In yesterday’s post, my 9th annual look at Dr. Martin Luther King Drive, I briefly mentioned the now-complete Arlington Grove Apartments. Today is a closer look at this project by McCormack Baron Salazar, the folks behind the North Sarah Apartments.
The biggest problems with Arlington Grove is the context: crossing Martin Luther King Drive on foot and recent non-urban developments.
The gas station across the street is a 4,300 square foot building on a 52,087 square foot lot, built in 2007. It is massive and destroys urban potential of the three-story buildings facing MLK Dr.
Arlington Grove contains 112 1, 2 & 3-bedroom apartments in 22 new buildings and a renovated 3-story school on two parcels totaling 213,800 square feet. At the scale of the gas station, this large site would contain just 17,650 square feet of interior space. Each floor of the renovated school contains nearly 15,000 square feet! The school, without the 22 new buildings, was already far denser than the gas station.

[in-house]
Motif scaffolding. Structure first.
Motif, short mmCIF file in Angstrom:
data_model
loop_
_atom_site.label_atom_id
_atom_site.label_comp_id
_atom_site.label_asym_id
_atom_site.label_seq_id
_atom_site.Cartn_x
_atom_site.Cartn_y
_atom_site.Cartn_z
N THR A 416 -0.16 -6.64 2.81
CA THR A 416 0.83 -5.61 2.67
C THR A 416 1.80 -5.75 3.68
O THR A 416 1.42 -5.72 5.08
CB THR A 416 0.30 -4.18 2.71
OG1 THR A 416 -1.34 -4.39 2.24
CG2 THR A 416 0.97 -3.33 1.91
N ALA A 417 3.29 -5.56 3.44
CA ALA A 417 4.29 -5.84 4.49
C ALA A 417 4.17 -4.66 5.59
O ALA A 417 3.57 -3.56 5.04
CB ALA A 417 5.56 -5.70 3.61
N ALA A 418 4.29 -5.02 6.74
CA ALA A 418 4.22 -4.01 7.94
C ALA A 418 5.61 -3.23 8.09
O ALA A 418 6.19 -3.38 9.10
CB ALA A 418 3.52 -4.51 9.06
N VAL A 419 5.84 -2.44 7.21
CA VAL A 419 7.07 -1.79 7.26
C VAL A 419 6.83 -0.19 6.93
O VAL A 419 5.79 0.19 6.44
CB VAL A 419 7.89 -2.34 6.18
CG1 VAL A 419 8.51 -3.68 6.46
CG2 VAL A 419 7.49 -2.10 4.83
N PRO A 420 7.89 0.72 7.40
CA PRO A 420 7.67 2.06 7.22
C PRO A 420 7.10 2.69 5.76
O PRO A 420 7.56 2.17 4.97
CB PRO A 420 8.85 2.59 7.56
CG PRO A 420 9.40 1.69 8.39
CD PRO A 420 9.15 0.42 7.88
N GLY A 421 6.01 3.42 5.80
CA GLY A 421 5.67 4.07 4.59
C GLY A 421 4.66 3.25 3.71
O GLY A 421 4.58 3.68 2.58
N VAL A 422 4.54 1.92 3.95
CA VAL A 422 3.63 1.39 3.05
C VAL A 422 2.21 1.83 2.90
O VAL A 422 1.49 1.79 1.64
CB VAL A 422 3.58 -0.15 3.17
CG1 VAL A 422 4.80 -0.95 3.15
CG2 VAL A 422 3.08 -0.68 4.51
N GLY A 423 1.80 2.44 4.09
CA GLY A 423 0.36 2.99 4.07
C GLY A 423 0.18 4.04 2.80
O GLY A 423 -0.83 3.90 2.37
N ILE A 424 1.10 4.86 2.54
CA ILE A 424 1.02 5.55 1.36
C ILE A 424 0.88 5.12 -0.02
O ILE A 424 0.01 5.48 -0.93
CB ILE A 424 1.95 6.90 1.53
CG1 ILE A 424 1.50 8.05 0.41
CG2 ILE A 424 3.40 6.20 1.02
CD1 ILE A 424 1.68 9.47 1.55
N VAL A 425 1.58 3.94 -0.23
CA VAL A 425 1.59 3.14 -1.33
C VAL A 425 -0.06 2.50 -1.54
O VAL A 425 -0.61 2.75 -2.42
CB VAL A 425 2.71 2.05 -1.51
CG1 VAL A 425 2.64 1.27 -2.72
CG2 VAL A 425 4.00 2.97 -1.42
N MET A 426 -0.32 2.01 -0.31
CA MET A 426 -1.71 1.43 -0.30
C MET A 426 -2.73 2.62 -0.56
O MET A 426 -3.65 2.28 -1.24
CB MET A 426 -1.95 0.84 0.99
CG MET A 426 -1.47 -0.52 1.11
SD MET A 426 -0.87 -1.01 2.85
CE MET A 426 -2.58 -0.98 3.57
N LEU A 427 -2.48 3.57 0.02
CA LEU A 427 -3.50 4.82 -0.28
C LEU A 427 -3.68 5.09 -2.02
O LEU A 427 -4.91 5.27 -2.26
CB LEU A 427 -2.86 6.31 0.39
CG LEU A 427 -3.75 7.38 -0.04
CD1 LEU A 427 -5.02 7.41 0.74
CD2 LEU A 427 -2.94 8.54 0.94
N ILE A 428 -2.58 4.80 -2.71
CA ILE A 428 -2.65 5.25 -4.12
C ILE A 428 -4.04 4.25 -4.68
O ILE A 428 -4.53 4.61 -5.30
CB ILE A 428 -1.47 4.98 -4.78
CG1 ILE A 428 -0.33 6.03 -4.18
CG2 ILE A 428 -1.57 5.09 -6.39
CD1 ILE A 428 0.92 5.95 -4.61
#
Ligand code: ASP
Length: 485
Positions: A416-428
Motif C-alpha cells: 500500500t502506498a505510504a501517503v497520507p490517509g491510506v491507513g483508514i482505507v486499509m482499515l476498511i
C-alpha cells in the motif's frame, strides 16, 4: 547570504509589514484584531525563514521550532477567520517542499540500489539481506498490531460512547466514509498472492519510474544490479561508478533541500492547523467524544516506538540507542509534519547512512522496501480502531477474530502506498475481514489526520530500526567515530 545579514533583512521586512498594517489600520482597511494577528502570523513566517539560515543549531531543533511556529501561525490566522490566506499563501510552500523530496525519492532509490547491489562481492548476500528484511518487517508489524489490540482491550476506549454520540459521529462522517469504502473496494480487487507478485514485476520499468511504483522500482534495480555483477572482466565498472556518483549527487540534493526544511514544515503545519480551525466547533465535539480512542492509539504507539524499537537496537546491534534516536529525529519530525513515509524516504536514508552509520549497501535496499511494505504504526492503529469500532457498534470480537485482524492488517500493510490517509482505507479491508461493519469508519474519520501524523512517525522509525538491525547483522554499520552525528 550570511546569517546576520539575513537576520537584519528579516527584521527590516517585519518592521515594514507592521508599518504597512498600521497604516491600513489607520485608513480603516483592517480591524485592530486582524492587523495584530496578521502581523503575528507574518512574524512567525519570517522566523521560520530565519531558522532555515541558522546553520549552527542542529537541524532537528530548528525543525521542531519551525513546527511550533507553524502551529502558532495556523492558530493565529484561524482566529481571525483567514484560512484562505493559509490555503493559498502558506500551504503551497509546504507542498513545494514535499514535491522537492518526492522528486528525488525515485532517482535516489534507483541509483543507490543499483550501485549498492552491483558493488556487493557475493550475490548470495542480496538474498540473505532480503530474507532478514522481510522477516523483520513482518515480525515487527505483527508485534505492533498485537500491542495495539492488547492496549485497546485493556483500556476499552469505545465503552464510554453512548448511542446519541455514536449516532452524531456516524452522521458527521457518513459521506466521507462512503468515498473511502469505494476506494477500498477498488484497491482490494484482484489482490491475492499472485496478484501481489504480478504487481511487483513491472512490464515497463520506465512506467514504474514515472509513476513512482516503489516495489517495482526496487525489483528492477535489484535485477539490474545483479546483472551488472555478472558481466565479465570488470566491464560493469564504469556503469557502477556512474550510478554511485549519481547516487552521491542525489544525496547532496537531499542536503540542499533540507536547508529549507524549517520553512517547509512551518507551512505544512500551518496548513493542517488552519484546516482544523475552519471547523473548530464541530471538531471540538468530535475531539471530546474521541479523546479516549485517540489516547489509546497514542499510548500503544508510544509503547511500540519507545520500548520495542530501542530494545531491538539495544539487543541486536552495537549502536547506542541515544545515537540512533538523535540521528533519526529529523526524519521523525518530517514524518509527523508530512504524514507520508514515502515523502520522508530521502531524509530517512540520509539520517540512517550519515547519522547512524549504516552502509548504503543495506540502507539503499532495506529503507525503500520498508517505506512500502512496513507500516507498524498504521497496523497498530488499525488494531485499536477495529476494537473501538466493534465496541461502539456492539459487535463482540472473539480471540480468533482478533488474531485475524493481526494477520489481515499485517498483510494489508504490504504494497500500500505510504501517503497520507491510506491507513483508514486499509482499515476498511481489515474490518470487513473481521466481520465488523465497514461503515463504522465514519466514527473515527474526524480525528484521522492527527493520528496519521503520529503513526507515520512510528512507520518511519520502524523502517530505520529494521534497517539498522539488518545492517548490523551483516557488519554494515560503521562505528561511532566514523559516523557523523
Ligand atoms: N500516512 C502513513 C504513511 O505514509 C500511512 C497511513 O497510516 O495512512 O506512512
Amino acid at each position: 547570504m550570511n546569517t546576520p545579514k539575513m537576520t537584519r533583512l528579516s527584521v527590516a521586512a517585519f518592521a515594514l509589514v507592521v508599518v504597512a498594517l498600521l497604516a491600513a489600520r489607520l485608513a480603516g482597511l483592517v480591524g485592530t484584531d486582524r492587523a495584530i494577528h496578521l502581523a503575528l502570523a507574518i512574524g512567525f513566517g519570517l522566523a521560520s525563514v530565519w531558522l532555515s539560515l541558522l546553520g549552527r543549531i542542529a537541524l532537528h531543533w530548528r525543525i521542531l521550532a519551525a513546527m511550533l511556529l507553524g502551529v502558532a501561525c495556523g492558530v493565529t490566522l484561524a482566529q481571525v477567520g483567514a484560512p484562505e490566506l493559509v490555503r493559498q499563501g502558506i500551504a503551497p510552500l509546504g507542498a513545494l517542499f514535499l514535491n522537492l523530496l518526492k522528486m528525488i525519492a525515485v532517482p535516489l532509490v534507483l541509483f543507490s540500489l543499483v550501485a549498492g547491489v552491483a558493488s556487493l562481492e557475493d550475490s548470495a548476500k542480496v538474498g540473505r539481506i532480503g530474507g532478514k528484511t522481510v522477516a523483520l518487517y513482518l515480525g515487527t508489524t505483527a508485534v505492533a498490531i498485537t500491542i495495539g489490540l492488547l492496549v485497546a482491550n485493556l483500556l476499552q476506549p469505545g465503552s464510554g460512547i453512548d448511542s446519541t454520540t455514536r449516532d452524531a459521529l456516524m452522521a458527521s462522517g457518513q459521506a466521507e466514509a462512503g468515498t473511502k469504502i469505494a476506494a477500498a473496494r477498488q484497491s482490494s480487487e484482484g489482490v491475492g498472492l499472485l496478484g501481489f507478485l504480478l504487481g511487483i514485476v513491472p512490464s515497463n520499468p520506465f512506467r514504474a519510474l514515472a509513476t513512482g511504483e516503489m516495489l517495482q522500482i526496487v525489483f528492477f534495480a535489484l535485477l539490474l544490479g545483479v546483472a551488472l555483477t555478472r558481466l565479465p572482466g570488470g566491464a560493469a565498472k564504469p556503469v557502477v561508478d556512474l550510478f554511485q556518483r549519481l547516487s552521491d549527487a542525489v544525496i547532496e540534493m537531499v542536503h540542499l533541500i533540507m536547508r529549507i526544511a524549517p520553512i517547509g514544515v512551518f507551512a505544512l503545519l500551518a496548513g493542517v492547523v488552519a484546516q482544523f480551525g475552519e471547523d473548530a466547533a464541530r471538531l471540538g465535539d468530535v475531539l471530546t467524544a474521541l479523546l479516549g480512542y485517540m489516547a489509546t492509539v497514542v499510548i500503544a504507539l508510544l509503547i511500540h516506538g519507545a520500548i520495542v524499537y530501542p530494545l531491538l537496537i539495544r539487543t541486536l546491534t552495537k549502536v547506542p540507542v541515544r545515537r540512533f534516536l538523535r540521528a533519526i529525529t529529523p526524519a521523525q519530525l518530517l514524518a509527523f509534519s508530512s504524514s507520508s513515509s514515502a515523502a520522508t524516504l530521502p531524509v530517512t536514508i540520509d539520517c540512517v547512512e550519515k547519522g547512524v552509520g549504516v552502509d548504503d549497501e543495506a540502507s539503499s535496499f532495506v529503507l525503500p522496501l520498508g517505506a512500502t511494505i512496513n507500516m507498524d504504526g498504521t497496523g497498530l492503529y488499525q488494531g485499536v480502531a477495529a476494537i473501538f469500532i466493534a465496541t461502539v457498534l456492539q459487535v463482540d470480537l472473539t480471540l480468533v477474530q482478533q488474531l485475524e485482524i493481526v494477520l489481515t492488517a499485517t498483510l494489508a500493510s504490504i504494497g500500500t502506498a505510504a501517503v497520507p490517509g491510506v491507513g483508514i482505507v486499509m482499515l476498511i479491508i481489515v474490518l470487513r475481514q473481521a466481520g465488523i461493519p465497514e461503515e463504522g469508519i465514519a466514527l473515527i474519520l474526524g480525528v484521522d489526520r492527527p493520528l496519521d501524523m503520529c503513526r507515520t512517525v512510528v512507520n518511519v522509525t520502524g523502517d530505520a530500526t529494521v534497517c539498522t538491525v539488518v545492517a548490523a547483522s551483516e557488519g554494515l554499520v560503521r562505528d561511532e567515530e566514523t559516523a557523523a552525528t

In other words, these two are radically different visions for the community. The 112 new apartments doesn’t detract from the gas station, but the gas station is a major detractor from the new residential neighborhood. An urban gas station like this one in Milwaukee would’ve been ideal to create a 3-story front to MLK while also providing a place for people to fuel their cars. Update 1/122 @ 9:25am: See this example of an urban gas station on Google maps here.
The next place to cross is Arlington Ave four blocks to the east! Someone needs to look at this area and make it easier/safer to cross the street.
Ok, back to the development itself. Like I said, the Arlington School, built in 1900, is the centerpiece.
The one flaw I found with Arlington Grove is wheelchair access to the school building. A wheelchair ramp is provided in back — very convenient for anyone driving a $45,000 van.
I realize the entire 5+ mile stretch of Dr. Martin Luther King Drive can’t be lined with 3-story buildings, some with storefronts. But with some advanced planning the Arlington Grove development could’ve been anticipated prior to the construction of the gas station in 2007. That would’ve allowed for the plans to create similar building scales on both sides of MLK with either an urban gas station or with the gas station located a little further away.
But we don’t plan, we do piecemeal.
— Steve Patterson